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Survey shows people want their friends to be vicious to their enemies

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A small team of psychologists from Oklahoma State University, the University of Texas at Austin and Hamilton College, all in the U.S., has found through a survey that people generally want their friends to be nice to them but also want their friends to be vicious in dealings with their enemies. The results are published in the journal Evolution and Human Behavior.

Prior research has suggested that most people prefer that their treat them kindly—and some research has also suggested that some people might prefer their friends to be less than kind to their enemies. In this new effort, the research team surveyed people in the U.S. and India about what they expect from their friends.

The were designed to probe the feelings of respondents regarding the types of behavior they like to see in their friends. To that end, they asked questions regarding exploitive , viciousness, indifference, kindness, trustworthiness and also the degree of similarities, familiarity and impartiality during conflicts between enemies. They then sent the surveys in six waves to people in student and non-student environments in both the U.S. and India, and they received 1,183 responses.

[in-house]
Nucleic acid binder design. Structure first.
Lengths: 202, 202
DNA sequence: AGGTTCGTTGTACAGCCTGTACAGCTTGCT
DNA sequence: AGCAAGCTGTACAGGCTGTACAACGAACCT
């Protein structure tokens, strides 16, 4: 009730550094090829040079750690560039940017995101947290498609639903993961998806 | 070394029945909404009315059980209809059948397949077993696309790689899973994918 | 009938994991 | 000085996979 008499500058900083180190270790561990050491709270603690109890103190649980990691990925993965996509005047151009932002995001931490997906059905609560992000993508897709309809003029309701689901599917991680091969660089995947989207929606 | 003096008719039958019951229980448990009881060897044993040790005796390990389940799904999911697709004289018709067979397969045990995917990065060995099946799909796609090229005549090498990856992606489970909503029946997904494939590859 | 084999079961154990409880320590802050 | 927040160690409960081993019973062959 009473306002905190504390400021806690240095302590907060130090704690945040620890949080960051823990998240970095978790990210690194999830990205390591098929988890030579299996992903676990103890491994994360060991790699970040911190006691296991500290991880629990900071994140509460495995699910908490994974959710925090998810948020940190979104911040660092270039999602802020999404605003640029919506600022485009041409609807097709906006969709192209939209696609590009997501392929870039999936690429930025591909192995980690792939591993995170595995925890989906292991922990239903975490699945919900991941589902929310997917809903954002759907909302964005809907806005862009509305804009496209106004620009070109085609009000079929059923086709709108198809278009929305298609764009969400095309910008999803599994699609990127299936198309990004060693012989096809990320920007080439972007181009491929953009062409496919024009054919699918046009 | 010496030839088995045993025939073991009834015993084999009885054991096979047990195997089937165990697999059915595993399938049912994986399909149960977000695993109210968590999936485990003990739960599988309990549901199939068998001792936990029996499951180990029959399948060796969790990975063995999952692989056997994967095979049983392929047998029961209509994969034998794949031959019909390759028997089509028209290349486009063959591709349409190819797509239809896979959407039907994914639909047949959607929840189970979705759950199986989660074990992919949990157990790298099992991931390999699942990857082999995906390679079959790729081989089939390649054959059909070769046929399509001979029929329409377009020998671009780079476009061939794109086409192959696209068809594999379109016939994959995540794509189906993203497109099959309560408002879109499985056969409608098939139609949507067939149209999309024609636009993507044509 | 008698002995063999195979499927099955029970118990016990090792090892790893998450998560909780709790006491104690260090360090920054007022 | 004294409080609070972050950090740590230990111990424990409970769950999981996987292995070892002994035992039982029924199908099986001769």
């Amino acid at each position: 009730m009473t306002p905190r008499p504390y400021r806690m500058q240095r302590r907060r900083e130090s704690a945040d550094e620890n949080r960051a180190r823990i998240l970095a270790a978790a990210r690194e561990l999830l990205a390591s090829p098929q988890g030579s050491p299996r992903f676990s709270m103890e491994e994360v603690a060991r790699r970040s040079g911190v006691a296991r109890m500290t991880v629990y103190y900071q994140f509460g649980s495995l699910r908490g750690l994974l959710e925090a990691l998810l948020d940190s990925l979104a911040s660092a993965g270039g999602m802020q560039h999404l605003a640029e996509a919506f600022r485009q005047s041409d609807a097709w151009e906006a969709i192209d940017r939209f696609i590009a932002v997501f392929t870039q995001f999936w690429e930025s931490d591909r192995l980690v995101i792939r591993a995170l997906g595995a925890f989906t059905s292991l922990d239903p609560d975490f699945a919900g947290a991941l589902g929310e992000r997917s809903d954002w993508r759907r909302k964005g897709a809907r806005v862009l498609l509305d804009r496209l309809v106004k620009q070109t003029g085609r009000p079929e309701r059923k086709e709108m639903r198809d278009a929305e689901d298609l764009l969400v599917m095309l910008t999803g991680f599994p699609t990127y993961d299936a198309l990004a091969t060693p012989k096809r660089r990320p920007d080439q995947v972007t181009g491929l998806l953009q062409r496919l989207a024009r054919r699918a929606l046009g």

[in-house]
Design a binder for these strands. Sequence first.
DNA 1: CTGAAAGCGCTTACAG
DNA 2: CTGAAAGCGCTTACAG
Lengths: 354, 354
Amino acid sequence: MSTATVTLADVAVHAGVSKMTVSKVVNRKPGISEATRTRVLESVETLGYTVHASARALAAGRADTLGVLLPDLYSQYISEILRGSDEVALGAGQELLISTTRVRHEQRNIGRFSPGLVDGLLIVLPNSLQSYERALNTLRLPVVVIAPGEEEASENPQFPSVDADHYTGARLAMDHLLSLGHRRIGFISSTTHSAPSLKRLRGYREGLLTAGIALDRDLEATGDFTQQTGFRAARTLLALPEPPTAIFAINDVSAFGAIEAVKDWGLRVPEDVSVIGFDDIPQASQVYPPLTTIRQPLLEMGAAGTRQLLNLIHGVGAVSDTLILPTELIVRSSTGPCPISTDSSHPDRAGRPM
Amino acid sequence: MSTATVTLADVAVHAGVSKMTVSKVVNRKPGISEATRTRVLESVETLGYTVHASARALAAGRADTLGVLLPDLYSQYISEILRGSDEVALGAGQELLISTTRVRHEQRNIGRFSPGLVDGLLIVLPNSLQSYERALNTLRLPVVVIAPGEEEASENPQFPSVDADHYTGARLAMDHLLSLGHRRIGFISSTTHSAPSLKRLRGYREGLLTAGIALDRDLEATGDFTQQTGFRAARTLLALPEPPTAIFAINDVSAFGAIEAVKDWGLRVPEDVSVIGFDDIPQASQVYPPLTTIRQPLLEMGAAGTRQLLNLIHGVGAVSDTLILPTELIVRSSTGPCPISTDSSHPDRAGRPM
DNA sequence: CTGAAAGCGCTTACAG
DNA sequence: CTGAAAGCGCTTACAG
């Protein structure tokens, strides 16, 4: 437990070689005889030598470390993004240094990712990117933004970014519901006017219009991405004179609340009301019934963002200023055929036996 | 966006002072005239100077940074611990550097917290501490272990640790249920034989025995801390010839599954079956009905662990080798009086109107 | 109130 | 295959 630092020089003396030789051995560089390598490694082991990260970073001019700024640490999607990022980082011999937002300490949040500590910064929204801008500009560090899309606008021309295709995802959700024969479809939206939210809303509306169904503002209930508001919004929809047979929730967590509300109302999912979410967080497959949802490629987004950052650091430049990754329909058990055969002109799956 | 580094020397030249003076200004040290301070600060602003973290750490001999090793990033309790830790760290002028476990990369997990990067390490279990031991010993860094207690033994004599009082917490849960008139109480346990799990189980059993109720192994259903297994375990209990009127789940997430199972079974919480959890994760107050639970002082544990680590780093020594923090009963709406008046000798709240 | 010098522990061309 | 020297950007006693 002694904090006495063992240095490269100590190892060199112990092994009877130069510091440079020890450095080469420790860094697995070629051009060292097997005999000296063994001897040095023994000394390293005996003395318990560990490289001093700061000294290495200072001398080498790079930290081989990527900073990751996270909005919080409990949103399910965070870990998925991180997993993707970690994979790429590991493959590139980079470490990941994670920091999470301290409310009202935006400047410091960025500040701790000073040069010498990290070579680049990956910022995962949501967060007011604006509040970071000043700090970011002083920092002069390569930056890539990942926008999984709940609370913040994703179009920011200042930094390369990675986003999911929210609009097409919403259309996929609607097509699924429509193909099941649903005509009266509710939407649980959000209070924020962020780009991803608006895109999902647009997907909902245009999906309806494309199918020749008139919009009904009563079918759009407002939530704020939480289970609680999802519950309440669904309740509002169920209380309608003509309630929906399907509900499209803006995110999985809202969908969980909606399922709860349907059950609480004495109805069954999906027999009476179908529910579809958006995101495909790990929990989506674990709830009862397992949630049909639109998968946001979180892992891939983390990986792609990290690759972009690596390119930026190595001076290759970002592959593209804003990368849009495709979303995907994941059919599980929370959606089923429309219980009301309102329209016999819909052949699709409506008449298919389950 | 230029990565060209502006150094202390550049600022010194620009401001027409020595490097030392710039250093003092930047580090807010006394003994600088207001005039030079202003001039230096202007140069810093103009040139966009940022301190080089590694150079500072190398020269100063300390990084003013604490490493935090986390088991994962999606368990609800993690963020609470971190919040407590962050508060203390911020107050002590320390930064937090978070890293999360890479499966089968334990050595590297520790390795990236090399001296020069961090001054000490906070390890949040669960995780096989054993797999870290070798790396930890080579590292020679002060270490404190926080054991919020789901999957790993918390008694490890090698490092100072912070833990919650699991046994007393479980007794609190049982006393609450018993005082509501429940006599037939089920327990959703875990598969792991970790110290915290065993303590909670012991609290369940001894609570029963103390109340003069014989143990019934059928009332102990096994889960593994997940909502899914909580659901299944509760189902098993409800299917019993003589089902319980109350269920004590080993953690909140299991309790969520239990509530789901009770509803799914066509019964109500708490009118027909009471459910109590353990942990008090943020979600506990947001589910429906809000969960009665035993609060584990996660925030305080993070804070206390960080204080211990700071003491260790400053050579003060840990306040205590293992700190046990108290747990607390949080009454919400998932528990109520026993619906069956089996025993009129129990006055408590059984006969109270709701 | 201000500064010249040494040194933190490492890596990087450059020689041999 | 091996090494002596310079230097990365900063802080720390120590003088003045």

The researchers found that as expected, most respondents wanted their friends to be nice to them. Most of them also wanted their friends to be nice to other people—except when one or more of those other people were enemies of their own. If they had an enemy, they wanted their friends to treat them as enemies, as well, or in some cases, to treat them worse.

The researchers suggest that people wanting their friends to share their or hatred toward a foe is not surprising; this finding fits with theories surrounding "deeply strategic social cognition"—in which people choose friends based at least in part on whether they will band together with them against potential enemies for protection.

More information: Jaimie Arona Krems et al, Sometimes we want vicious friends: People have nuanced preferences for how they want their friends to behave toward them versus others, Evolution and Human Behavior (2023). DOI: 10.1016/j.evolhumbehav.2023.02.008

Journal information: Evolution and Human Behavior

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Citation: Survey shows people want their friends to be vicious to their enemies (2023, March 8) retrieved 23 April 2024 from
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